”I want to go with you,” I said fairly firmly as he pulled his shirt on. He shook his head.

“Absolutely not.”

”Why not?”

“Because I said so.” Damien said matter-of-factly.

I scowled. I suspected the real reasons wandered between not wanting me upset, not wanting me upset to upset Robin any more, to be free to concentrate on Robin without worrying about me, and not wanting me to bear witness if anything awful happened. Which pretty much confirmed he did think something awful was likely to happen.

“What if I just came anyway?” I said grimly. Damien paused, halfway through fastening his tie, and gave me a Look that held absolutely no kidding at all.

“What if I spank you right now and eliminate that possibility?”

I looked down, flushing. He finished the tie, sat down beside me and I hugged him tightly, curling up into his arms. He rocked, stroking my back, and I knew he was taking the same comfort from the contact that I was.

“He WILL be ok. Whatever happens, we’ll make the best of it, the important thing is helping him and Allen get through it as quickly and easily as possible.”

“Will you call me and let me know what happens?” I said into his shoulder.

“As soon as I know anything.” Damien kissed the top of my head and got up. “I’m going to have to go, darling, make sure you eat breakfast and come straight home at lunchtime. I’ll be home when I’m home; I’ll try and let you know what I’m doing as soon as I can.”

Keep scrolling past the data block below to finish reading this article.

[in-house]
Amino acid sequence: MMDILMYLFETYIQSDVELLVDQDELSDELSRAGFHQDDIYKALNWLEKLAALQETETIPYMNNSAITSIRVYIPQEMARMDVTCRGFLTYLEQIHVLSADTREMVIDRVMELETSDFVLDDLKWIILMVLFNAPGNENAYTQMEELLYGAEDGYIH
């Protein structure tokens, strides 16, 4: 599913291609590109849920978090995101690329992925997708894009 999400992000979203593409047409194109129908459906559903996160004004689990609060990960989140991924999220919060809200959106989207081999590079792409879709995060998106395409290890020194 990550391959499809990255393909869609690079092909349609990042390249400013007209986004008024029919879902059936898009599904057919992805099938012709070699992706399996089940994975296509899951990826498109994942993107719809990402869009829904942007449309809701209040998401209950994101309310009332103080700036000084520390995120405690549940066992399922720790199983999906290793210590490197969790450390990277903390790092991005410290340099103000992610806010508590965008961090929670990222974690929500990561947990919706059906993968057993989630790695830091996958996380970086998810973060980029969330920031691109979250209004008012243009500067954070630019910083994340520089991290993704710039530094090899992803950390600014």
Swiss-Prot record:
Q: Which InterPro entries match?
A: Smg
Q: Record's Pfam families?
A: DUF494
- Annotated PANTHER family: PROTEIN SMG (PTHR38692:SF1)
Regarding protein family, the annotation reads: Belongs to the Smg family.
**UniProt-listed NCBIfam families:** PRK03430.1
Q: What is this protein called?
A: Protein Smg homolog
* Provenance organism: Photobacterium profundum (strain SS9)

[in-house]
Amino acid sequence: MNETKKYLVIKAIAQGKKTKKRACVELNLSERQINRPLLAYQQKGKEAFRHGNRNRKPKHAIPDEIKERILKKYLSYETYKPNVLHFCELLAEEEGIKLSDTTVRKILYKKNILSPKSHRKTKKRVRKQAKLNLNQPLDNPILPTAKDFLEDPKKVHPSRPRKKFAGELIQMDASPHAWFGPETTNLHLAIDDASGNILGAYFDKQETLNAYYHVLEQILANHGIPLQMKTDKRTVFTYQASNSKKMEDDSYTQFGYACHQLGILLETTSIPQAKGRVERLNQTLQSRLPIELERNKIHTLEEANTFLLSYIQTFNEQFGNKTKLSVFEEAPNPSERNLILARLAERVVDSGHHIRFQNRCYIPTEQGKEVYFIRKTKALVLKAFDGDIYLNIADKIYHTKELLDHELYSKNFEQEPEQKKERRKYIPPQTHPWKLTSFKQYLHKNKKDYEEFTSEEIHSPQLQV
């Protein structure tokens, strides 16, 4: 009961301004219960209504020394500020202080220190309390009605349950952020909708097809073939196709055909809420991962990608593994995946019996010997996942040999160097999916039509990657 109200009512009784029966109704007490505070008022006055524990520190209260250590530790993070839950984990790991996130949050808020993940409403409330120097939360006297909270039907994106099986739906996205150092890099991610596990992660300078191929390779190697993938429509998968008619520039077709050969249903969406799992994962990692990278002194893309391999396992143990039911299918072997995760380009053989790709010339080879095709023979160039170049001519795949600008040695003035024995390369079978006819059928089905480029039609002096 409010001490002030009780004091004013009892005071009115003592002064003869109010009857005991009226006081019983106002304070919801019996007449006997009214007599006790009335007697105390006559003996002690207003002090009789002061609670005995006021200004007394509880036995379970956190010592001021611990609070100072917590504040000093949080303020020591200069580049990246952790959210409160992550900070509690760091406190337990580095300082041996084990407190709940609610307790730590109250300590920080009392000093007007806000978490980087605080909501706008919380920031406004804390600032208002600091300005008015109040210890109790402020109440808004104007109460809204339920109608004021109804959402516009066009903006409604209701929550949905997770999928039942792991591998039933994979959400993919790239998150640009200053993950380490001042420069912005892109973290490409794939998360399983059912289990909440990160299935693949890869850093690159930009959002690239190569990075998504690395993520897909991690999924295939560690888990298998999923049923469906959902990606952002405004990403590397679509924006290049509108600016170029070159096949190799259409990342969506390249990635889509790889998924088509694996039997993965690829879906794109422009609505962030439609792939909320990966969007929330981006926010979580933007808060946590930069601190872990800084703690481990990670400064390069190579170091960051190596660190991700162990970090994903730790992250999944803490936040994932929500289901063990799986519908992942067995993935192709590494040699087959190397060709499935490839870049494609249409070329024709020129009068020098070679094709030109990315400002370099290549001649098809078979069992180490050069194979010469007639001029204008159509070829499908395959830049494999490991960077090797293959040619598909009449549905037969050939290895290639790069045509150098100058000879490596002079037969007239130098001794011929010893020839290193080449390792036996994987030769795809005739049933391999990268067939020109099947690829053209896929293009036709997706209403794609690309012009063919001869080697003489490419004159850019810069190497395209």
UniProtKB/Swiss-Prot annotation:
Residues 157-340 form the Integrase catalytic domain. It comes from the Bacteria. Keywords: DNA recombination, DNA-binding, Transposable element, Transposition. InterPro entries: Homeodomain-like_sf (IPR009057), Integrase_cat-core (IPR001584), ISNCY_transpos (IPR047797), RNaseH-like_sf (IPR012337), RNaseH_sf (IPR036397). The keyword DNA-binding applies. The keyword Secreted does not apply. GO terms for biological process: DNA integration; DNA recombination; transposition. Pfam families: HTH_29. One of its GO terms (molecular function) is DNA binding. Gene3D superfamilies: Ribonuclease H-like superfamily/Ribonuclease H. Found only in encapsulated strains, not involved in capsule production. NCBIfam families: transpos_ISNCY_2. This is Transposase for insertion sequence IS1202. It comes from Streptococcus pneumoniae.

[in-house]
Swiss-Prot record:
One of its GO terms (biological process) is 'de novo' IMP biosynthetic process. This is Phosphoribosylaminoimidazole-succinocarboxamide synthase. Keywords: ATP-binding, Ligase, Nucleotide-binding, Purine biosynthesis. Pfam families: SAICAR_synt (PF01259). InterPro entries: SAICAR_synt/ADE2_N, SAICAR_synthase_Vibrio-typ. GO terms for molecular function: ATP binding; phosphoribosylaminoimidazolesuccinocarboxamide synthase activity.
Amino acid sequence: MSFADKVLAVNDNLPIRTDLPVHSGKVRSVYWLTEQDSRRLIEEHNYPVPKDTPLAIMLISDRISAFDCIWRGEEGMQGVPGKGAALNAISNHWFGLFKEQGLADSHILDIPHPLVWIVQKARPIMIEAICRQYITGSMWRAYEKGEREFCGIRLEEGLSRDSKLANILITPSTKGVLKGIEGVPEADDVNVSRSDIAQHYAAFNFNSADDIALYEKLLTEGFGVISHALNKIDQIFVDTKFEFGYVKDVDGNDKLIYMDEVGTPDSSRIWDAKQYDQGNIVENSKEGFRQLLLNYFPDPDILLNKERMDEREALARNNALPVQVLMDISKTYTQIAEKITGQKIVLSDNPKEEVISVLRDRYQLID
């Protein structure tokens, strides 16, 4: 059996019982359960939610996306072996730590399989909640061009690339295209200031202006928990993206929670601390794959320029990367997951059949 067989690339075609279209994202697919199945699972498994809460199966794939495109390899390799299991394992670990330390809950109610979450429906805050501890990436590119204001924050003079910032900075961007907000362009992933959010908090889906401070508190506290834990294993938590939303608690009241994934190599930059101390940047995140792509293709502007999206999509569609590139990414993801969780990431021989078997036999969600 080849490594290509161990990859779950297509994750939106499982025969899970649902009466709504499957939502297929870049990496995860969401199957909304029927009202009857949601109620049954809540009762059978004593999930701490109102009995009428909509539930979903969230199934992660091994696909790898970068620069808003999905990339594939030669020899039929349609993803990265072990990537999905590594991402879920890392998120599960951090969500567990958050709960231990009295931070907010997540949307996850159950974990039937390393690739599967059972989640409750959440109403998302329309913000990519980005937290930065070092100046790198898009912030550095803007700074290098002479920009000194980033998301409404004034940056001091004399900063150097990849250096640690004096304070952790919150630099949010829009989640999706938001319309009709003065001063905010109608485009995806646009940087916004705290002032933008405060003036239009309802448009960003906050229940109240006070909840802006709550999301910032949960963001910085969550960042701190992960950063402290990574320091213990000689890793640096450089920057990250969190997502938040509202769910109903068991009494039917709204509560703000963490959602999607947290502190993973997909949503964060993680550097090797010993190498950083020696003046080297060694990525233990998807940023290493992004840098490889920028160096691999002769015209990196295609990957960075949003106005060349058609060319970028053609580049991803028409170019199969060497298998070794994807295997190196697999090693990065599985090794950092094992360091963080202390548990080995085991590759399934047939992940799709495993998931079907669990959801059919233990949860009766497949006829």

I knew he’d taken the full day off work. Planning in case he was needed- I had a few awful visions of Damien needing to support Allen if Robin was taken straight from the dock to Bedford Prison. And a few still more awful visions of various newscasters I’d heard over the years.

“The defendant was silent as the verdict was read out and was helped from the dock by two policemen-“

In my case that would be ‘the defendant had hysterics as the verdict was read out and was dragged, kicking and screaming from the box’.

”STOP torturing yourself,” Damien said firmly. “Go and be with Beth, she’ll keep you busy.

“I love you,” I said somewhat desperately. Damien gave me one last tight hug as he got up.

“I love you too. I’ll see you this evening, baby, DON ’T worry yourself sick. And do a nebuliser at lunchtime as well as now, I’ll check.”

The plan for a high stress day.

I somehow got through that morning. Beth DID help, she always does. I’d told her about the situation and we talked it through again while she painted and I sketched, a whole set of dolphin styles and designs for a long term client looking for a logo makeover. And Damien didn’t call.

I honestly had no idea how to visualise what was happening to them. I imagined a fair amount of standing around in corridors, and I could imagine too it would need Allen and Damien combined to keep Robin calm if there was much waiting involved. I dreaded to think how Robin must be feeling.

“Honey, why don’t you come out for lunch with me?” Beth coaxed at twelve as I tidied my desk, ready to leave. “Damien can call your mobile, he won’t want you to go home and worry on your own-“

”I’d rather be there in case he comes home.”

I pulled my jacket on and glanced at my watch. How long did these things take? Robin would plead guilty, it shouldn’t be THAT time consuming once his case was called. Beth got up and gave me a hug, keeping her paint stained hands lifted.

“I hope it goes ok. I’ll see you tomorrow, try and keep your mind off it?”


I went home, checked the answer phone, no messages there either. For want of something better to do I texted Damien, but from the lack of response his phone was off. I supposed you couldn’t have your phone beeping in court, and his plays Chariots of Fire anyway which is downright embarrassing in the wrong company.